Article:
Understanding your calorie needs is a fundamental first step to dropping fat, adding muscle or improving your physique.
Without understanding your daily calorie needs, you simply can’t maximize results. While you could, of course, drop fat by eating less, or, gain weight by eating more, this won’t allow you to optimize every aspect and achieve both: losing fat while adding muscle at the same time!
If you want to transform like Kris, you must leave no stone unturned; for a rapid transformation every detail counts.
Luckily, there are some fairly accurate calorie calculations you can use to get a reasonably accurate measurement. Once you’ve established this baseline, you must then consider daily changes and tweaks based around your goal, which we will discuss below.
Simple Step-by-Step Guide to Calculate Calories
12 – 14 calories per pound for normal and healthy individuals with a sedentary lifestyle doing little to no exercise.
14 – 16 calories per pound for those that exercise moderately 3 – 5 times a week with relatively active lifestyles.
16 – 18 calories per pound for those involved in vigorous exercise and physically demanding jobs.
18.5 – 22 calories per pound for those involved in heavy training (for example 15 or more hours per week).
22 or more calories per pound for those involved in extreme training (for example 20 or more hours a week).
For example, if you pick 15 and multiply it by 200LB your maintenance calorie intake 3000.
It’s important to remember that this formula is purely based on bodyweight and not lean muscle tissue. While it will be accurate for those who are a healthy bodyweight or fairly lean, it will be less accurate if your body fat is over 20 or 25%. If you do have a higher body fat percent, you may wish to deduct 10 or 20LBs from your weight before making the calculations.
MEN: BMR = [4.53 x weight in pounds] + [15.88 x height in inches] – [4.92 x age in years] + 5
WOMEN: BMR = [4.53 x weight in pounds] + [15.88 x height in inches] – [4.92 x age in years] – 16
Step 1: Calculate 4.53 x weight in pounds = ………….
Step 2: Calculate 15.88 x height in inches = ………….
Step 3: Add the 2 numbers you’ve calculate so far together = …………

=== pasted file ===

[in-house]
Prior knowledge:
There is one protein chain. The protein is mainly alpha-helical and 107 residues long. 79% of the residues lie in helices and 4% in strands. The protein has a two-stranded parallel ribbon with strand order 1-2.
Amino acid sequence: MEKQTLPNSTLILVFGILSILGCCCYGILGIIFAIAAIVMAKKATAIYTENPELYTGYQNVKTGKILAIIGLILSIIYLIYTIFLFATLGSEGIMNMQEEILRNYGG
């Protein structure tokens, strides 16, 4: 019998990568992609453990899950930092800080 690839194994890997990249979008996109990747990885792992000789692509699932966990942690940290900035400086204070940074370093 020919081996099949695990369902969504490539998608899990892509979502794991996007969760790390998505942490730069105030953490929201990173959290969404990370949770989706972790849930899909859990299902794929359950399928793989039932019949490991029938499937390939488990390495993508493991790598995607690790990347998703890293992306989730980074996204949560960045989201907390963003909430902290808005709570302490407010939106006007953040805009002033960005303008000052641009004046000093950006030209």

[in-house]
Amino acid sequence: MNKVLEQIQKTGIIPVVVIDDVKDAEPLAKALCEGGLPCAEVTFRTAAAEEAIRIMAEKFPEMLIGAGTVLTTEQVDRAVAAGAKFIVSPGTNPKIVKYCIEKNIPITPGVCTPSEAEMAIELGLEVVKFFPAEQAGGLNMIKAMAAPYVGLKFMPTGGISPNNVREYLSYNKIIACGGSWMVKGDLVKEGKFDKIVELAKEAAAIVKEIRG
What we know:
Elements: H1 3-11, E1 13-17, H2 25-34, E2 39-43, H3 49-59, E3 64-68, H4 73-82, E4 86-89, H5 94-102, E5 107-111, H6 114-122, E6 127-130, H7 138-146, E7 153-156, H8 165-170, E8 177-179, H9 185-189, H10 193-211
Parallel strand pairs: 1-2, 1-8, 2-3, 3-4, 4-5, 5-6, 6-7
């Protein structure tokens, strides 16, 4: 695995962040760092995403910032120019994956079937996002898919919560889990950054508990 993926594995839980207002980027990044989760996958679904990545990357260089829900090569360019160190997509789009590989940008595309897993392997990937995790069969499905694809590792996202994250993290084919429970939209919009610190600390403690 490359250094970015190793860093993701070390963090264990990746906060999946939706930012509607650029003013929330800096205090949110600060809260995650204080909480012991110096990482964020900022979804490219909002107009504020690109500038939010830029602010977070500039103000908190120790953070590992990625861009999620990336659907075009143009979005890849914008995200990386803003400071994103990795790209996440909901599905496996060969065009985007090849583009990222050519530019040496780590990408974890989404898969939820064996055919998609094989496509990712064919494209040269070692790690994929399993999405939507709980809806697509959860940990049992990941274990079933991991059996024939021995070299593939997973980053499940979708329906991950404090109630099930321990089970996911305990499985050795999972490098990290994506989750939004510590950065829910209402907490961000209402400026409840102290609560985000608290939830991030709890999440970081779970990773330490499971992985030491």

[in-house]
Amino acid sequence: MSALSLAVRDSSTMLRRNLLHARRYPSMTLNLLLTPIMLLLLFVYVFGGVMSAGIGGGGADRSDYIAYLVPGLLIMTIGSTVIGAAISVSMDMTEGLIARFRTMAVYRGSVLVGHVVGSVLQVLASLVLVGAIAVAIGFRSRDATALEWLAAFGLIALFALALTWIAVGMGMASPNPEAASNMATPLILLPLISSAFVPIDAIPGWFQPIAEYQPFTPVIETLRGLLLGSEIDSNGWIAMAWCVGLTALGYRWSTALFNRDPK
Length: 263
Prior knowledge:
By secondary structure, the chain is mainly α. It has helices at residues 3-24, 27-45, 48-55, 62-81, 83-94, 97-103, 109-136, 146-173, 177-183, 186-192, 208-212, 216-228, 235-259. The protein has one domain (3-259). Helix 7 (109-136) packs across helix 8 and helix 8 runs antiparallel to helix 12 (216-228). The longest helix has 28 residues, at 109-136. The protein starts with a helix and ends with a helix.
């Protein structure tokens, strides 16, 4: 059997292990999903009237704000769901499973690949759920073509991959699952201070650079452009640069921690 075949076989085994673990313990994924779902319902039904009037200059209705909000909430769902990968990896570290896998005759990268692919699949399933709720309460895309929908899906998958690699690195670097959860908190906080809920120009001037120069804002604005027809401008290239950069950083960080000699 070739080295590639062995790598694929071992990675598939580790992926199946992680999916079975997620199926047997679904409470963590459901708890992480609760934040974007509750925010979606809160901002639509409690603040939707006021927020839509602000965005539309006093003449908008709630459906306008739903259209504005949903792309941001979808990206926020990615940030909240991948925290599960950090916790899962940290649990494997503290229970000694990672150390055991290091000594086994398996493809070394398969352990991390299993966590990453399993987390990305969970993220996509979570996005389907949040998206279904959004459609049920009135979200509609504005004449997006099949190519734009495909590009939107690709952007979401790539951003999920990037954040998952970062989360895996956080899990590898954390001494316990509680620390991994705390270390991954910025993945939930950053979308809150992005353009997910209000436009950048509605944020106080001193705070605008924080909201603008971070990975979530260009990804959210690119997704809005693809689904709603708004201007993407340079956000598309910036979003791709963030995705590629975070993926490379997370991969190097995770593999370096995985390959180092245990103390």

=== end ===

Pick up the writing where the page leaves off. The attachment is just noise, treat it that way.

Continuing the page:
Step 4: Calculate 4.92 x age in years = …………
Step 5: Take the number obtained in step 4 away from the number obtained in
step 3 = ………
Step 6: Add + 5 for males or take way - 161 for females from this new number obtained in step 5.
Now you have this number, continue onto the next step.
1.2 – Sedentary (If you have a desk job and don’t do very much exercise)
1.3 – 1.4 – Lightly Active (If you have light daily activity and do light exercise 1-3 days a week)
1.5 – 1.6 – Moderately Active (If you have reasonable daily activity and do moderate exercise 3-5 days a week)
1.7 – 1.8 – Very Active (If you have a physically demanding lifestyle and do hard exercise 6-7 days a week)
1.9 – 2.2 – Extremely Active (If you are an athlete in endurance training or have an extremely physical job with long hours and train 3+ hours per day)
While this second option may seem confusing at first, it will provide you with a much more accurate and tailored calorie guide over the long term.
One of the most important parts of tracking calories, or even simply tracking your diet and macros, is to make constant changes based on feedback.
Most people miss out on this vitally important point: they start a new diet plan and then just keep it the same, hoping results will magically appear. Of course, it’s very unlikely you will get everything right first time, especially if you are not a trained dietician or very experienced in calculating food intake and calorie needs.
Therefore, you should treat these measurements as baseline measures, which you will then tailor and adjust as needed. To do this, I recommend applying a 10% rule, which basically means you will make 10% increments up or down every 2 to 4 weeks.
By making 10% changes you will not over- or under-shoot, it will also allow you to fine-tune your own needs for future diets. All of these adjustments should obviously be made depending on progress. If you’re trying to lose weight and it’s very slow, then drop calories by 10%. In contrast, if you are trying to gain weight and it’s very slow, you may wish to increase calories by 10%.
Along with these adjustments, the only other consideration is changes to your training regime. If, all of a sudden, you were to switch from a high volume bodybuilding-style workout, such as Kris’ Hardcore trainer, to a lower volume strength routine you must further tailor your calorie needs up or down.
Remember, although calories are vitally important, they do not cover allaspects of your diet; therefore you should also focus on the other aspects, such as food quality, food timing and macronutrient consumption.
The recent media buzz around beetroot being used to enhance nitric oxide is sending many athletes and bodybuilders to health food stores in search of products that contain beetroot. Before you race off to buy a pre-workout product with beetroot to increase your pumps, let’s discuss the facts.